In any business in which there is a chance for interaction, whether it is between peers or between employees and customers, there exists the potential for conflict. Conflict is a natural occurrence that is bound to happen from time to time and may even be very helpful if handled correctly. Unfortunately, conflict can cause stress for even the most brilliant leaders.
The following tips may be helpful in mastering the art of conflict resolution, or in some cases, the art of defusing conflict before it even begins. These tips may be helpful when delivering constructive criticism to employees, defusing tensions between two employees, or even when dealing with customers that become upset. In fact, these tips may even work when dealing with relationships outside of the walls of the office.
1. Don’t Be Brutally Honest
When asked about her thoughts on “brutal” honesty, the author Elizabeth Gilbert said “Honesty without kindness is not worth the price you pay for it.” When “honesty” is delivered without compassion or empathy for the person receiving it, it often falls on deaf ears. Defensiveness takes over and the person receiving the criticism feels the need to defend themselves, rather than focusing on solving the problem and restoring order.
2. Really Listen to What the Other Party is Saying
The best way to persuade others is to make them feel like you truly understand where they are coming from. Listening with open curiosity to what they are saying, asking questions, and repeating back what they have said in a different way often helps to make others feel heard. When the person on the other side of a conflict feels that you have truly heard them out, they will be much more likely to hear what you have to say.
3. Don’t Pass the Buck
Blaming another person for the way something turned out is a surefire way to begin an argument or keep a conflict going. Instead of placing blame, try to understand the perspective of all parties involved in the conflict (including yours if you are involved in the conflict and not just acting as an outside mediator.) Having a rational and well thought out conversation that is devoid of blame will usually be much more productive than a conversation in which someone is being faulted for their actions.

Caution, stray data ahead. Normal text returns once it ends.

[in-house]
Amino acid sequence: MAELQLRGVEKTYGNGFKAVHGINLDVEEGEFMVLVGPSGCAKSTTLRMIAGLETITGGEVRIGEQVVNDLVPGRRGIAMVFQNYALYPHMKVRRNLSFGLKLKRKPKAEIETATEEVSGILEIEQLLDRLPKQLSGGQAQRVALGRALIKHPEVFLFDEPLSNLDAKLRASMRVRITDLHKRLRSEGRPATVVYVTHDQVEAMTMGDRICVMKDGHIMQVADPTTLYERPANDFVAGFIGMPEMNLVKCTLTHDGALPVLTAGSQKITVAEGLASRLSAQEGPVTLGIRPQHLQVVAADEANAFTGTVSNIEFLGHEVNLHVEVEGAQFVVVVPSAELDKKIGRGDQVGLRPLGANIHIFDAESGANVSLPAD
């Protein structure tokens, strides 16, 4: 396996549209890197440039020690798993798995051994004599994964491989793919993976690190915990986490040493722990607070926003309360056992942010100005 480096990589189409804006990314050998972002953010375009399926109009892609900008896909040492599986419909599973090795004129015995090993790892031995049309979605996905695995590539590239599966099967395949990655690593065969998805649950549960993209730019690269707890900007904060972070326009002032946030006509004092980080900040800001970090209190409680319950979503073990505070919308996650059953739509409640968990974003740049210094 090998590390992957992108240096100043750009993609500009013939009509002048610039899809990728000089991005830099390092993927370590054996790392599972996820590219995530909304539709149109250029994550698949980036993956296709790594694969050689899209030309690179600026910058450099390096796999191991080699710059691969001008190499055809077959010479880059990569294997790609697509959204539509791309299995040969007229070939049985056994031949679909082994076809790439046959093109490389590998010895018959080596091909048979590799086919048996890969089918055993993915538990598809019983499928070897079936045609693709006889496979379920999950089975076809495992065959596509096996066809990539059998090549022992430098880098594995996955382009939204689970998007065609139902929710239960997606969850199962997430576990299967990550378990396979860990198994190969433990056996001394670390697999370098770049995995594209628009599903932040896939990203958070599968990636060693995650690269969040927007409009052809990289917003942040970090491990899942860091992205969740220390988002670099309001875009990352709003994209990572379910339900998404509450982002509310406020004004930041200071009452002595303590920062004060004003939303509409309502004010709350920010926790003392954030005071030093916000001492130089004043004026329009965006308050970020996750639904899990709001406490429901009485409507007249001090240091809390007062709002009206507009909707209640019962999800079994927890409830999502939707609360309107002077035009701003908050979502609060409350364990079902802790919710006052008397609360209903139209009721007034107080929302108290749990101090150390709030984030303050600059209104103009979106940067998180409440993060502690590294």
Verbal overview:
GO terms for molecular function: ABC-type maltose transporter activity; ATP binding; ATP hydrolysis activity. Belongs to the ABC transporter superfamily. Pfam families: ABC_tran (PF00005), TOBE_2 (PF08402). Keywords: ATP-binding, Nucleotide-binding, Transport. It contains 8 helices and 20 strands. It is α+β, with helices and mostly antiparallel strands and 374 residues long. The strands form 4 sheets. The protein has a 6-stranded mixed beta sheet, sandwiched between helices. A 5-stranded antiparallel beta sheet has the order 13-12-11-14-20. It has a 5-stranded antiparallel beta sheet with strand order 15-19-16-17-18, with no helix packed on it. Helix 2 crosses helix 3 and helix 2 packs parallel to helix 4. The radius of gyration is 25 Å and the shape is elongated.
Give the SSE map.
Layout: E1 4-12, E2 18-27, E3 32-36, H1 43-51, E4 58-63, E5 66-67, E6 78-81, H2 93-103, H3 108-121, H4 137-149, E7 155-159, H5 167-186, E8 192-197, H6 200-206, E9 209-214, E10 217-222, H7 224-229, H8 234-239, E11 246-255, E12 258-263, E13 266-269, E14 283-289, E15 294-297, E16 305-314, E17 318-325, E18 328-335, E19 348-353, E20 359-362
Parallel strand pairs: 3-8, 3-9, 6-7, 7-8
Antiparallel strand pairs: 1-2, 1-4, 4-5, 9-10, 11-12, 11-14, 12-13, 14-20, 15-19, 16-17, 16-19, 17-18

4. Don’t Put Off the Conversation
Many people will delay having a conversation about an issue because they are worried about the conflict that may ensue. While it is wise to let tensions cool before having a conversation regarding a highly emotional incident, delaying a conversation for too long can increase feelings of dread and make it difficult to have the conversation at all. Instead of dreading the conversation, consider all the possibilities of how the conversation may turn out and enter into it with reasonable expectations.
5. Gather the Facts Beforehand
During heated and critical moments, our brains often go AWOL, leaving us poorly prepared to articulate our points. Gathering facts and writing things down before having an important conversation is a good way to make sure that you will not draw a blank when the time comes. In many cases (especially in business,) it is also a good idea to try to stick to the facts, rather than bringing emotions into the equation.